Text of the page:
As in the case of titanium, a series of comparative materials were also prepared, namely: ZrH2 ball milled without any additions, ball milled ZrO2, a ball milled mixture of ZrH2 and ZrO2. All these processes were performed under identical ball milling conditions as used for the new catalyst, with the same parameters, and using the same technique of loading and handling.

As found with the titanium example, only ball milled ZrH2 exhibited x-ray diffraction pattern similar to the diffraction pattern of our catalyst, and all other materials showed formation of oxide-type phases.

Catalytic properties of the Zr-based catalyst were evaluated in the process of hydrogenation of zirconium, i.e. in the process of formation of zirconium hydride. Usually, formation of zirconium hydride is performed at temperatures around 400° C., and according to “Compilation of IEA/DOE/SNL Hydride Databases” by G. Sandrock and G. Thomas http://hydpark.ca.sandia.gov, zirconium exhibits good reaction rates at these temperatures.

In our hydrogenation experiments, zirconium powder (purchased from Alpha Aesar, with purity 95.+%, average powder size 2-3 micron), was dried as described above. Subsequently, zirconium powder was mixed with 10 wt. % of the new Zr-based catalyst (prepared from each of zirconium metal and zirconium hydride, as described above) and ball milled (in SPEX CentriPrep 8000M Mixer/Mill) for a short period of time (less than 1. hour) in order to provide good distribution of the catalyst over zirconium powder. FIG. 8 a shows x-ray diffraction pattern of the starting commercial powder, and FIG. 8 b presents x-ray diffraction pattern of Zr after introducing the catalyst by ball milling. Broader Bragg's reflections as compared to the starting material reflect the effects of strain, defects and nanocrystalline structure introduced by ball milling.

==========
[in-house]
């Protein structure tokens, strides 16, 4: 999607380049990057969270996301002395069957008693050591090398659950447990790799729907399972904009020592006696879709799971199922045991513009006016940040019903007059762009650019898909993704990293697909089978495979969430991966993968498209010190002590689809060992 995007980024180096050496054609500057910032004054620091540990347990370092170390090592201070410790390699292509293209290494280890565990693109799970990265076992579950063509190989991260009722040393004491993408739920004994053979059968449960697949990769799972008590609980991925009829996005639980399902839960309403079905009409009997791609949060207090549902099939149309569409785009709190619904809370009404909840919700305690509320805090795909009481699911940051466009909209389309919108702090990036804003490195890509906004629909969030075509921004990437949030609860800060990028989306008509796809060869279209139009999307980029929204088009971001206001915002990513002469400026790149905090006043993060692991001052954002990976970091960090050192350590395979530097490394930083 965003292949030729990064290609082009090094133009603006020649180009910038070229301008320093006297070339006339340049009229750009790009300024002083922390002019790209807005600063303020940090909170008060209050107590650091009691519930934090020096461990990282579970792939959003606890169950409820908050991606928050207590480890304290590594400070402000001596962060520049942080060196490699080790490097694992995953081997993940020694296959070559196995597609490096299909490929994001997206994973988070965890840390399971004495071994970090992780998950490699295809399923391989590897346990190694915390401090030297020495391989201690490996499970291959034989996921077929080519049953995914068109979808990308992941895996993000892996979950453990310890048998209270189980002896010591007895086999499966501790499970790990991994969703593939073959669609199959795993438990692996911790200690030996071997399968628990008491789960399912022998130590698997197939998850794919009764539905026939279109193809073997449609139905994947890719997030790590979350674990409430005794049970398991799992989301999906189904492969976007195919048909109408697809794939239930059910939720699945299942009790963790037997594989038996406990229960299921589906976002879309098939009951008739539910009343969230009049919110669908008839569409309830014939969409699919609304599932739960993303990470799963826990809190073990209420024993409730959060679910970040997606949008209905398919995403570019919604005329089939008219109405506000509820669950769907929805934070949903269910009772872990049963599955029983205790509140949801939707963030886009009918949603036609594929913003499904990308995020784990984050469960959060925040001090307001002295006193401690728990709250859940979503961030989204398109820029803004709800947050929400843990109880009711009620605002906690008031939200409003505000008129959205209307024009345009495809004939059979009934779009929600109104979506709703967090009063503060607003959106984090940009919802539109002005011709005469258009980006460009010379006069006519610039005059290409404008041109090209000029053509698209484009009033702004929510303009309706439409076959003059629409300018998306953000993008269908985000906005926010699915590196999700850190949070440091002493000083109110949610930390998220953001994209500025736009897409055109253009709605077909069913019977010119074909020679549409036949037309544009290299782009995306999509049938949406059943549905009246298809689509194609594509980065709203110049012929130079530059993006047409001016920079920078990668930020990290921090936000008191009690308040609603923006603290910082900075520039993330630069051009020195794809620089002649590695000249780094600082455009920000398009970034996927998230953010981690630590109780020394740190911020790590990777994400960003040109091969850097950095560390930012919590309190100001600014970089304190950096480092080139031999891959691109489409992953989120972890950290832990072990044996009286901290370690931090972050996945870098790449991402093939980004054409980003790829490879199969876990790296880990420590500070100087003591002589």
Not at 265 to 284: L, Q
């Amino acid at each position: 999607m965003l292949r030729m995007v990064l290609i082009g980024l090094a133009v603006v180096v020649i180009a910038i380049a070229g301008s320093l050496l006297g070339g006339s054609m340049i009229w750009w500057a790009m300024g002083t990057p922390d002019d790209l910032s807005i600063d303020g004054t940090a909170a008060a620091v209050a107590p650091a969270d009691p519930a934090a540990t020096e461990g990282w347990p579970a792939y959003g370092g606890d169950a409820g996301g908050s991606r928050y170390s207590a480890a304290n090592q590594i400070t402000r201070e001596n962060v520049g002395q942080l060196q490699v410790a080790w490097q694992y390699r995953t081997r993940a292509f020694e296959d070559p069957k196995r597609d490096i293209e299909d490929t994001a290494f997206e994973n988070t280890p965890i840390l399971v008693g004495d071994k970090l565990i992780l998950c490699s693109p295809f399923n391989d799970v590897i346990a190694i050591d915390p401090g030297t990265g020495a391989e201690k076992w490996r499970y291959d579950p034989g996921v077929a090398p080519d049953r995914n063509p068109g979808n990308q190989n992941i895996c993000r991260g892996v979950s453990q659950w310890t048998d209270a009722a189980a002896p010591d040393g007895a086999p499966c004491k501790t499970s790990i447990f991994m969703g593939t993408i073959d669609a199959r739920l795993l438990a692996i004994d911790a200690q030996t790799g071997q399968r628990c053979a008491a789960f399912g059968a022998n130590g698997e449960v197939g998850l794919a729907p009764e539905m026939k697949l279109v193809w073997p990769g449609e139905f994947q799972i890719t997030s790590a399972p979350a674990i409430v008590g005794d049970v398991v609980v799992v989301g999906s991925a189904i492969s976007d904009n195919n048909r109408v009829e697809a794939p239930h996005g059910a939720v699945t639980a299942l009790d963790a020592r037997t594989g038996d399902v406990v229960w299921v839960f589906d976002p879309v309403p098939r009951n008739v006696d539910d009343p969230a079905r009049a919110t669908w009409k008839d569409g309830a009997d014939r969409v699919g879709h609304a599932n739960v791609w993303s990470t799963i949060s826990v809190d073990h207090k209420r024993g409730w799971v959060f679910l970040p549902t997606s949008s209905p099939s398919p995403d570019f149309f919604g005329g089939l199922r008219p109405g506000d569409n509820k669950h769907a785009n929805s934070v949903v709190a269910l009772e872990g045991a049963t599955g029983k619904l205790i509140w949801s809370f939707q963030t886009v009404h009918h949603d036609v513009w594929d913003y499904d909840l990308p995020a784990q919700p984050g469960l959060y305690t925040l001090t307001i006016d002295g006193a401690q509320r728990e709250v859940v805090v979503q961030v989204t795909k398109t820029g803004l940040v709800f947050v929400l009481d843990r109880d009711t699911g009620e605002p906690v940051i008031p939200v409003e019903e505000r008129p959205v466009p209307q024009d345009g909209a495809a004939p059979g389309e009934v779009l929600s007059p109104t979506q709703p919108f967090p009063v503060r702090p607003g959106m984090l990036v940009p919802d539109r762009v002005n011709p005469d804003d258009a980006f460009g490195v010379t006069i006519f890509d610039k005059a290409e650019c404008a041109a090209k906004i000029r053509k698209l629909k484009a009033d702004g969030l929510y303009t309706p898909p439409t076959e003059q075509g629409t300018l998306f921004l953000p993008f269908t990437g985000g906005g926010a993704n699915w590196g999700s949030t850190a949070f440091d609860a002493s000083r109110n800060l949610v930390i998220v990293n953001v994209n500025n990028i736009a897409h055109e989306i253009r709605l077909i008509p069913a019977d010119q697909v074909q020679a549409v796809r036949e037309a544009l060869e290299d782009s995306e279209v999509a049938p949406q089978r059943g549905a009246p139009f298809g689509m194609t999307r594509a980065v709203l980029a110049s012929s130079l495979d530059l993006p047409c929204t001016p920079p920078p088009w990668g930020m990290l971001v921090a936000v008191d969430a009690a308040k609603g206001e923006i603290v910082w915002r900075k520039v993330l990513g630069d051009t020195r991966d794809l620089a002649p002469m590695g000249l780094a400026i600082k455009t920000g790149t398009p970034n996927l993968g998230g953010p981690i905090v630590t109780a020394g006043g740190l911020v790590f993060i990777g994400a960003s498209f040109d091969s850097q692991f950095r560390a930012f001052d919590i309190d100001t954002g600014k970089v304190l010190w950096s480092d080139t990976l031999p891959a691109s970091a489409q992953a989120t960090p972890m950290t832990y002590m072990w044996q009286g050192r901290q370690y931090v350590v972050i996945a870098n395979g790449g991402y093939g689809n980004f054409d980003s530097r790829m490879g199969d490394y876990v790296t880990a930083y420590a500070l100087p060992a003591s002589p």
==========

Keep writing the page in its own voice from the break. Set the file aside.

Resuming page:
Hydrogen absorption of the material was measured in an automated, computer controlled gas titration system. Zirconium powder catalyzed by the new zirconium-based catalyst was transferred from the ball milling vial into the titration system holder and after evacuation of the apparatus (without any preheating or conditioning), hydrogen gas was introduced at room temperature under the pressure of about 1 bar. A very fast reaction of hydrogen absorption was immediately observed, which was substantially complete in under 10 seconds, as shown in FIG. 9.